Author Interviews, BMJ, Urinary Tract Infections / 02.01.2016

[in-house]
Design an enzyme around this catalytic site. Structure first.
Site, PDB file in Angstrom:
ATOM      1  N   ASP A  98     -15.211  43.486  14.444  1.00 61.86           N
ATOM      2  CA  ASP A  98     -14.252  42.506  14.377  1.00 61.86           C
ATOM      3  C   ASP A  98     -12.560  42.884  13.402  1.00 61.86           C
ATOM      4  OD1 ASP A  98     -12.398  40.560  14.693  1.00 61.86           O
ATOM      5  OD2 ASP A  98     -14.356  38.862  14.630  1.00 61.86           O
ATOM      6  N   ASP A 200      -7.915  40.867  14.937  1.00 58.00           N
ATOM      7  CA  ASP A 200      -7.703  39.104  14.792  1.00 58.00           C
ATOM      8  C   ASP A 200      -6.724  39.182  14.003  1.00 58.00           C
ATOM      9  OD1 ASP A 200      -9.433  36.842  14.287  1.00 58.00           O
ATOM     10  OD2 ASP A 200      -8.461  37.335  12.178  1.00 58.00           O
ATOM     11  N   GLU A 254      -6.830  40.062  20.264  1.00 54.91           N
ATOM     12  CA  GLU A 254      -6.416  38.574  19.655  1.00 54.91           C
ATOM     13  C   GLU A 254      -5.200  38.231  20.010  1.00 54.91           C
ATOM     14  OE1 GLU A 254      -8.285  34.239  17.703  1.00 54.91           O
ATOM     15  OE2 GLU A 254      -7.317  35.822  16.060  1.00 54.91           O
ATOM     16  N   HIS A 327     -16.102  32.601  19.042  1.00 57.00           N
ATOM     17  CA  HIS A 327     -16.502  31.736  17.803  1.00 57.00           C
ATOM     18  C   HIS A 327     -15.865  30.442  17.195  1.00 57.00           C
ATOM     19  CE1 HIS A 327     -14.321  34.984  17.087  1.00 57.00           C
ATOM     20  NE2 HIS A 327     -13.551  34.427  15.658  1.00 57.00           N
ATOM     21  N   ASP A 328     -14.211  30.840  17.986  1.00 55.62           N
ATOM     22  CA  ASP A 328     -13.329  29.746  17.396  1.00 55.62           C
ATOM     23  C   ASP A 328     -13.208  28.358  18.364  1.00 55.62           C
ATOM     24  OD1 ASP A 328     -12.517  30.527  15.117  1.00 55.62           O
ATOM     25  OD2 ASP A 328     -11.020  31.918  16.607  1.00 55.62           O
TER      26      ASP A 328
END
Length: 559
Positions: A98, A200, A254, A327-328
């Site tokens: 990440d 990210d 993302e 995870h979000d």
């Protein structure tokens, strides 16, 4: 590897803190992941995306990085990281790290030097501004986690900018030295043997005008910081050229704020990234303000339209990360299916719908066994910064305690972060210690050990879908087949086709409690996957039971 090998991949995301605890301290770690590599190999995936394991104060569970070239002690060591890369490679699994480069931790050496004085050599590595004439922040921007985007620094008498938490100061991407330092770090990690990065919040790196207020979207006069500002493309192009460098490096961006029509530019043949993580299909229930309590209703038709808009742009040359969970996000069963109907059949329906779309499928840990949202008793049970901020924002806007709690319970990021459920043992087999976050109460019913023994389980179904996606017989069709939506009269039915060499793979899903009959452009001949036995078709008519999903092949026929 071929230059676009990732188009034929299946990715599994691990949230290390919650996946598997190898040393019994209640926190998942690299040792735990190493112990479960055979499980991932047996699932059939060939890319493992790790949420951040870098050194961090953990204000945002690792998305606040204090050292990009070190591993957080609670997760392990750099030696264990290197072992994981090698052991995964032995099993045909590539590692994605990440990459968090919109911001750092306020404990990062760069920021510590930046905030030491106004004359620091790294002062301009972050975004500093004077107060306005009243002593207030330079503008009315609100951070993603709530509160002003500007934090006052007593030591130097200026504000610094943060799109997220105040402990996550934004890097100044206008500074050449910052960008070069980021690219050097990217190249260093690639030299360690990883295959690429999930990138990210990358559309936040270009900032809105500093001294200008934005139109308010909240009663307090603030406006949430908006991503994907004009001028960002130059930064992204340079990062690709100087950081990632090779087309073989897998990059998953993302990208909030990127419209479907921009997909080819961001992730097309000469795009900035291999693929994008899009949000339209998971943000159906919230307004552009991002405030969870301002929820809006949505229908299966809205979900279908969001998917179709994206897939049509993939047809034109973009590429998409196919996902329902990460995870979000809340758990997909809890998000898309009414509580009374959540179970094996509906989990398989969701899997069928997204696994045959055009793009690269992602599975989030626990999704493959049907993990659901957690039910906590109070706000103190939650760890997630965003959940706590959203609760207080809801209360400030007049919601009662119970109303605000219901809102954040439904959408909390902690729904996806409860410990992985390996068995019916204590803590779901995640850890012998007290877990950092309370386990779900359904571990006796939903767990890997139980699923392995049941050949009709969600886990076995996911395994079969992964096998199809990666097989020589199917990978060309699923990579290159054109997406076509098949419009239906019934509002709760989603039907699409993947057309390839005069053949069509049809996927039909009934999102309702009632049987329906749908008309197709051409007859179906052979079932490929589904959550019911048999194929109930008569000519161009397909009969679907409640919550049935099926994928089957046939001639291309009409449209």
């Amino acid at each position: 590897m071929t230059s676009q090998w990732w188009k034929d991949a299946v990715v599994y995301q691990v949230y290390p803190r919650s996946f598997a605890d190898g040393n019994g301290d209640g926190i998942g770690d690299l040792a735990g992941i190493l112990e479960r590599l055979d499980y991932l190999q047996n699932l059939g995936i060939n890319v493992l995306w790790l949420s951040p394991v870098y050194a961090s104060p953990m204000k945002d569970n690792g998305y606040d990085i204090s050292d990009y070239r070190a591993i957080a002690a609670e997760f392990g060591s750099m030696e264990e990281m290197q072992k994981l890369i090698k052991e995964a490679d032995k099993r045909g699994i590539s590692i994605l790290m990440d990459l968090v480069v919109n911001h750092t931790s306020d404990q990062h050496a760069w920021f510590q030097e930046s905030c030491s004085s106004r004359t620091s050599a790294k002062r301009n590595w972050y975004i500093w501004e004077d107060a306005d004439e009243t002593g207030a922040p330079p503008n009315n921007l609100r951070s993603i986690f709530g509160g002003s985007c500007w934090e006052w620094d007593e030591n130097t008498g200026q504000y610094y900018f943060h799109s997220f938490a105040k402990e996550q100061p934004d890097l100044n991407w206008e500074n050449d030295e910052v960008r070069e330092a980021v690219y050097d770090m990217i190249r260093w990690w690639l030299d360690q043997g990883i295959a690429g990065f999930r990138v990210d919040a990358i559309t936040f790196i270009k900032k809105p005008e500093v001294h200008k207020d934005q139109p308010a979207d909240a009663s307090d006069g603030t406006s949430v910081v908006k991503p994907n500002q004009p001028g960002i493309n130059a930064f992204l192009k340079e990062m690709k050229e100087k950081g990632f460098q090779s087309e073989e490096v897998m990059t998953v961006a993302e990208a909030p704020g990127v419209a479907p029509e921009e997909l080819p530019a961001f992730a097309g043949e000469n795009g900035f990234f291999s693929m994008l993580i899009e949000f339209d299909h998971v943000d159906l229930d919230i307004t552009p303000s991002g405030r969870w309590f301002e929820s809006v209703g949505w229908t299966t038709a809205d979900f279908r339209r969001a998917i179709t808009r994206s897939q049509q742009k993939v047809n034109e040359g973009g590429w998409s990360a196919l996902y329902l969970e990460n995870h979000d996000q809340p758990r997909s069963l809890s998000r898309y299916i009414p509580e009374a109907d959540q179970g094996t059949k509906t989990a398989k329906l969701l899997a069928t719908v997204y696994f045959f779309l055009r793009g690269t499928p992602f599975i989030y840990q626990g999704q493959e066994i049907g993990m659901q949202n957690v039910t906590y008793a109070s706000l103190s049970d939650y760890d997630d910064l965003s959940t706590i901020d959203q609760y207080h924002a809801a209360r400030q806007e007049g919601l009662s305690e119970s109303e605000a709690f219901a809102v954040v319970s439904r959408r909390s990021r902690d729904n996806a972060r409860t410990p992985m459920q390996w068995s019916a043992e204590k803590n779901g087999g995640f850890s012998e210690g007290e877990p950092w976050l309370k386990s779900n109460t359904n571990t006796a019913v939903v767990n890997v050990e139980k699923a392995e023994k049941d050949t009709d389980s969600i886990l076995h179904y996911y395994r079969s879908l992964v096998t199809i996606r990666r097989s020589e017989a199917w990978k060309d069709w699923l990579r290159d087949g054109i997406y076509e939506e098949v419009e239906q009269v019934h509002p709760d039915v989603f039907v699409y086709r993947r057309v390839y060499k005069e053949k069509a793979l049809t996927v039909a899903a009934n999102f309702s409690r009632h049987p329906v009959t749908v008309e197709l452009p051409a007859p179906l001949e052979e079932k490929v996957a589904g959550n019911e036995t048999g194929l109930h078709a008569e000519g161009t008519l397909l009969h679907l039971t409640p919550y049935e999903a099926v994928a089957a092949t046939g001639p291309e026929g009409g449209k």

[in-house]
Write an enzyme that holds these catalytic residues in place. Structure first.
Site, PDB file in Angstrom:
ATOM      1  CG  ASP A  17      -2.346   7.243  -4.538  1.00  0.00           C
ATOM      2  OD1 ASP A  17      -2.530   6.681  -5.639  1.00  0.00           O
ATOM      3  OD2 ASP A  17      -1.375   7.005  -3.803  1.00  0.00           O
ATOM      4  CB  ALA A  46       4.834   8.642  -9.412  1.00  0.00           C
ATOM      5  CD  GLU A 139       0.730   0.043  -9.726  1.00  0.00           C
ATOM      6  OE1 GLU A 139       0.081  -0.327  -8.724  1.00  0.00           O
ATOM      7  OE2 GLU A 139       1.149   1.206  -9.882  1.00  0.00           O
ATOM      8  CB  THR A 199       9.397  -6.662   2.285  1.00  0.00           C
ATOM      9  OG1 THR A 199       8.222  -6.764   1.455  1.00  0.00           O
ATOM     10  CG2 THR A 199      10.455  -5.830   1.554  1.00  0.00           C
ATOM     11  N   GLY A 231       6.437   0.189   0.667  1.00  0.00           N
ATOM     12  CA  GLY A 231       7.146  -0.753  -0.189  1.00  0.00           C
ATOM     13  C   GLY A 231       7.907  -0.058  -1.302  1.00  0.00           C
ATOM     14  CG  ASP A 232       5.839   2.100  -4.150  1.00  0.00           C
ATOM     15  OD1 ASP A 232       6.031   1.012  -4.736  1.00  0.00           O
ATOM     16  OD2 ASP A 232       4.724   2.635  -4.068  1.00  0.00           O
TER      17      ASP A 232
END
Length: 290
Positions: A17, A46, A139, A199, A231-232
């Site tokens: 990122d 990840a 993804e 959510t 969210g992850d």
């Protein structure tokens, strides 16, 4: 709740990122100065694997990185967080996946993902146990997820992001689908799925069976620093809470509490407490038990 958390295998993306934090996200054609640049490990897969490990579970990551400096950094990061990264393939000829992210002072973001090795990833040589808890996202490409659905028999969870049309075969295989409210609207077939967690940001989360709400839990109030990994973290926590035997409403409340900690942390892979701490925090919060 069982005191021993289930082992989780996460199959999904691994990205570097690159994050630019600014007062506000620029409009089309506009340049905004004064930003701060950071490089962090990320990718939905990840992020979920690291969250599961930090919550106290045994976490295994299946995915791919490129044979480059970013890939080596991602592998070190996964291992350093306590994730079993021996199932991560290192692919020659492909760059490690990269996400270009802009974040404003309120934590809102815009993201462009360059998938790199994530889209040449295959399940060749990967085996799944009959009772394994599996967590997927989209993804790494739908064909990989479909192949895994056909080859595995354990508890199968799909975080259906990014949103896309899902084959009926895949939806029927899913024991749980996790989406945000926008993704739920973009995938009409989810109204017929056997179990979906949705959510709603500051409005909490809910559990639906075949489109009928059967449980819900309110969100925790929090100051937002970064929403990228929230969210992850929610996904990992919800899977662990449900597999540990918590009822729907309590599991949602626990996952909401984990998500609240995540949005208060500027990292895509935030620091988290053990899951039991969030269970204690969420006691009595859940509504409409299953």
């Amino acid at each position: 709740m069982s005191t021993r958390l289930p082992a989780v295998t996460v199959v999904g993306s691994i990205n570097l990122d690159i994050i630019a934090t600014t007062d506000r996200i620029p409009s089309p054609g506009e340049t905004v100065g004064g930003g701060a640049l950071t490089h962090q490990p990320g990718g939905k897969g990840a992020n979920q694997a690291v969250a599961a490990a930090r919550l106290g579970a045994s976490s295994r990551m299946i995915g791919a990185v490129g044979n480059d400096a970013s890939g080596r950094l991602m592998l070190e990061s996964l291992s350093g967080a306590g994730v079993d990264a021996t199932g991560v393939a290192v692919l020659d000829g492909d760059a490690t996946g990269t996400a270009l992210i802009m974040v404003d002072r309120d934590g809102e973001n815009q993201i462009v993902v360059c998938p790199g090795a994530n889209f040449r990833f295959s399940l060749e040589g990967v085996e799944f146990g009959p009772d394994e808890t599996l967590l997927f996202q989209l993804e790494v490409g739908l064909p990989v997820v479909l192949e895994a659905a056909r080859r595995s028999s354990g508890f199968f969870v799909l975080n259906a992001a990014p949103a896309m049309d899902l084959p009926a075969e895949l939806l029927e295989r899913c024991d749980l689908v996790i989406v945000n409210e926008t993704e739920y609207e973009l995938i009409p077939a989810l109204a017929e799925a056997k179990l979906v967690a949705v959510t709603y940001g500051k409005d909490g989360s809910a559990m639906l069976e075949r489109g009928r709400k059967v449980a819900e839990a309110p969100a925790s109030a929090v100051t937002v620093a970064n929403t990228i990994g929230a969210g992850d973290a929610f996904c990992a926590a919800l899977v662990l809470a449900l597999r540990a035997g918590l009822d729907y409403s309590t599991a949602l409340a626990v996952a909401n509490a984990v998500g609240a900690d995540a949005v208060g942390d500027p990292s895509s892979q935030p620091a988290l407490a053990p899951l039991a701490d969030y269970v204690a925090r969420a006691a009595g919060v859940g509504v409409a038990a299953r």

[caption id="attachment_20377" align="alignleft" width="150"]Ildikó Gágyor MD Senior researcher in primary care Department of General Practice University Medical Center Göttingen Göttingen, Germany Dr. Gágyor[/caption] MedicalResearch.com Interview with: Ildikó Gágyor MD Senior researcher in primary care Department of General Practice University Medical Center Göttingen Göttingen, Germany Medical Research: What is the background for this study? What are the main findings? Dr. Gágyor: Uncomplicated urinary tract infection is a common problem for women. Affected patients are usually treated with antibiotics to combat both unpleasant symptoms and to combat infection. However, prescription of antibiotics for a self-limiting condition, contributes to increased resistance rates posing a serious long-term threat to public health. In a double blind randomised controlled trial we examined whether symptomatic treatment of uncomplicated urinary tract infection with ibuprofen reduces the rate of antibiotic prescriptions without a significant increase in symptoms, recurrences, or complications. In all, 494 women were randomly assigned to receive: either ibuprofen for three days and antibiotics only if symptoms are persistent; or antibiotic treatment with fosfomycin. Results showed that antibiotic use could be reduced significantly: of the 248 women in the ibuprofen group two thirds recovered without antibiotics and one third received antibiotics subsequently. Women in the ibuprofen group had a higher symptom burden but in both groups, symptoms decreased within the first week (Figure 1). Six cases of pyelonephritis occurred, one in the fosfomycin group, five in the ibuprofen group.